Letter from the Outer Banks

Sword and scabbard, ruff and pinky ring — Adam Segaller dressed and played the part of Sir Walter Raleigh in “The Lost Colony,” the longest-running outdoor drama in the United States.

By Adam Segaller (Interdisciplinary-Echols '05)
Segaller.

Segaller.

At 8:25, the Stage Right Stage Manager calls five minutes to places. This is my cue to put on my tights, breeches, thigh-high boots and my clip-on pearl earring. I cross to Stage Left, exchanging passing “break a leg”s with my U.Va. classmate Matt Fletcher (Drama, History ’07). This is his second year here, and he plays Father Martin, the priest on the first expedition. At Stage Left I wait with my quick-change costumer, Will, for the completion of the opening number to perform a microphone exchange.

Of course, the backstage cross at the Waterside Theater is a little different from most, as the backstage area is basically a dock. Look one way and you see the back of the set; turn around and you are overlooking a shallow sound, beyond which lies the bulk of the Atlantic Ocean. An extension of the dock that runs away from the stage allows the pyrotechnic crew to shoot off fireworks during the performance. Occasionally dolphins can be seen skimming the surface of the sound with their fins. Just as the play begins, there is usually a dramatic sunset behind the scenes; if not, its absence is supplemented by even more theatrical thunderheads. There is a standing contention concerning the preferable weather between those actors who play English courtiers and those who play Native Americans: the former, wearing many (often woolen) layers, greatly prefer the wetter and consequently cooler weather; the latter, attired only in loincloths and body paint, can stand the heat.

I play Sir Walter Raleigh, the knight who famously threw his cloak over a puddle for Queen Elizabeth the First, and whose thwarted attempts to colonize America are in part the subject of Paul Green’s “The Lost Colony,” the longest-running outdoor drama in the United States.

Having received my microphone, I head back to my dressing room at Stage Right (stopping by the props table to collect my money pouch), where I don a doublet, cape, sword and scabbard, ruff, pinky ring, white gloves (donated by Robert Duvall, I am told) and hat, and head for my entrance. I do this six nights a week.

Thus begins my life as a working actor, and although “The Lost Colony” is certainly a special place, its mixture of drama and routine, costume and regiment, spectacle and — well — tedium, is relatively exemplary of what theater is to the majority of people who make it. In addition to tramping the boards (by the way, “the boards” here are a huge sandbox), the Lost Colony’s members’ professional duties include calls to rehearse stage battles, PR appearances in costume, attending understudy rehearsals and a weekly company meeting. To supplement the professional portion of the summer stock experience, a program known as Professional Theatre Workshop allows members of the cast to participate in choir and dance concerts, small seminars with professional casting directors, actors and designers and a number of plays (including a collection of Shakespeare scenes on war directed by yours truly).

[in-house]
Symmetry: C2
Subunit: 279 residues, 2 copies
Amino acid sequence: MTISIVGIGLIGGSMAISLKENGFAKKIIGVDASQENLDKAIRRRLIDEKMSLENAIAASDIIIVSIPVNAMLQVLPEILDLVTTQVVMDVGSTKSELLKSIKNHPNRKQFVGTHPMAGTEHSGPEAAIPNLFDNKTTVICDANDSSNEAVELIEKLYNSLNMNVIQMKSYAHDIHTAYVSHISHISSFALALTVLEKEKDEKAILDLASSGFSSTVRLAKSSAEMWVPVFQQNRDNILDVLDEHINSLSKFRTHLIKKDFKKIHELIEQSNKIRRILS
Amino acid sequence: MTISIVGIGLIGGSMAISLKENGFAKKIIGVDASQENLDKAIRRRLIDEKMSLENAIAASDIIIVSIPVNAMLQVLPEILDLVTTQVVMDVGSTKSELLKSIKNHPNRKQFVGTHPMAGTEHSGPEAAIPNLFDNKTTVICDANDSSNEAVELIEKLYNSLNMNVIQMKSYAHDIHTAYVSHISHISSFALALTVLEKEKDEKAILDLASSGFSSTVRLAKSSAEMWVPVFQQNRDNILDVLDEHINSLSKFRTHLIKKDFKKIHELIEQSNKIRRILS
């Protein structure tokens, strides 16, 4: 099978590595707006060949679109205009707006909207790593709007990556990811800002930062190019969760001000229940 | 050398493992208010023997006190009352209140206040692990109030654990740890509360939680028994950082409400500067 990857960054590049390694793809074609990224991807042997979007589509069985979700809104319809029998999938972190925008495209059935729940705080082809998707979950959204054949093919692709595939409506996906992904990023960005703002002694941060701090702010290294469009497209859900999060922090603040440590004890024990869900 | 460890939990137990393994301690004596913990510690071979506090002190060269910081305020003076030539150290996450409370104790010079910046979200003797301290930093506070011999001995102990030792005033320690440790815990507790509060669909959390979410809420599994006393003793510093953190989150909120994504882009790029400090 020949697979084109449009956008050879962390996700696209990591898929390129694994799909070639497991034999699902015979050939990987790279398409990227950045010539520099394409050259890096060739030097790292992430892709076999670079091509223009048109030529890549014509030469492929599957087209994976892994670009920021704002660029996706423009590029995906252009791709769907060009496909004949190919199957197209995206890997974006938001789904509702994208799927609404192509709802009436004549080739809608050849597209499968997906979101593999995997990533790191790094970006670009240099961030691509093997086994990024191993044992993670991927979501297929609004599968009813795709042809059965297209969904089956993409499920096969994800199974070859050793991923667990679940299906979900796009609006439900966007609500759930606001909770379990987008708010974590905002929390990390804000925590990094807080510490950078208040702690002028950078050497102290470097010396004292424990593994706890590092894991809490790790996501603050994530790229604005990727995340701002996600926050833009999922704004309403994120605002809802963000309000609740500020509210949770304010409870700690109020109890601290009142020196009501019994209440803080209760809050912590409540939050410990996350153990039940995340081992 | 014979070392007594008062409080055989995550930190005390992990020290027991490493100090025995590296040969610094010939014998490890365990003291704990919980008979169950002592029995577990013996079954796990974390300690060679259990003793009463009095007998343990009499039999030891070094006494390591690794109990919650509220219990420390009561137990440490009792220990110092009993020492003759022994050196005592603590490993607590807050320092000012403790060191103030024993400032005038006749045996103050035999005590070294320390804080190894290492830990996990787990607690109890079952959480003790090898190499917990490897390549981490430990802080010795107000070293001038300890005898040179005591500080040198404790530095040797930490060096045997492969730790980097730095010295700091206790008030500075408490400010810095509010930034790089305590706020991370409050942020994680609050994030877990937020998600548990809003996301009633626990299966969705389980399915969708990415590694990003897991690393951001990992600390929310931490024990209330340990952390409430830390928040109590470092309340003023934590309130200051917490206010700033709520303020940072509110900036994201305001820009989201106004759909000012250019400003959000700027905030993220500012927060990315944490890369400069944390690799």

This is only one of the many ways in which “The Lost Colony,” operating as a family, endeavors to keep itself healthy and fresh, despite clocking in more than 70 performances of the same play from June to August. We also have nightly notes concerning anything from blocking to acting quality from our stage manager, who watches and calls the cues for every single performance. I haven’t yet mentioned that this is my professional debut — heretofore I’ve only performed in school plays, and the maximum number of times I’ve performed any one script is certainly less than 10. Consequently, one of the most intriguing lessons I have learned here is how to remain interested and interesting onstage once the adrenaline of stage fright is gone for good.

For one, you remind yourself that you’re getting paid — that helps a lot, particularly in one of the hardest professions in which to remain consistently employed (if you’re not hungry for the work now, you will be soon). Another impetus to keep working hard is the opportunity to enter, more fully than ever, the persona of a character: an actor is lucky to have stopped worrying about his lines, props, how he looks and where he is blocked to move by his fifth performance of a given play. Writing to you from performance 60-something, I can tell you that I don’t really think about those things at this point. I think about who I am, what I want, how I’m going to get it; about whom I’m speaking to and where I’ve just come from. When I focus hard, I’m not a stressed-out actor but a hundreds-of-years-dead knight of the realm; a man of power and vision. For two and a half hours a day, six days a week, I get to be more from Jersey than New Jersey. And not to cut this short, but I have a conference with the queen in 10 minutes.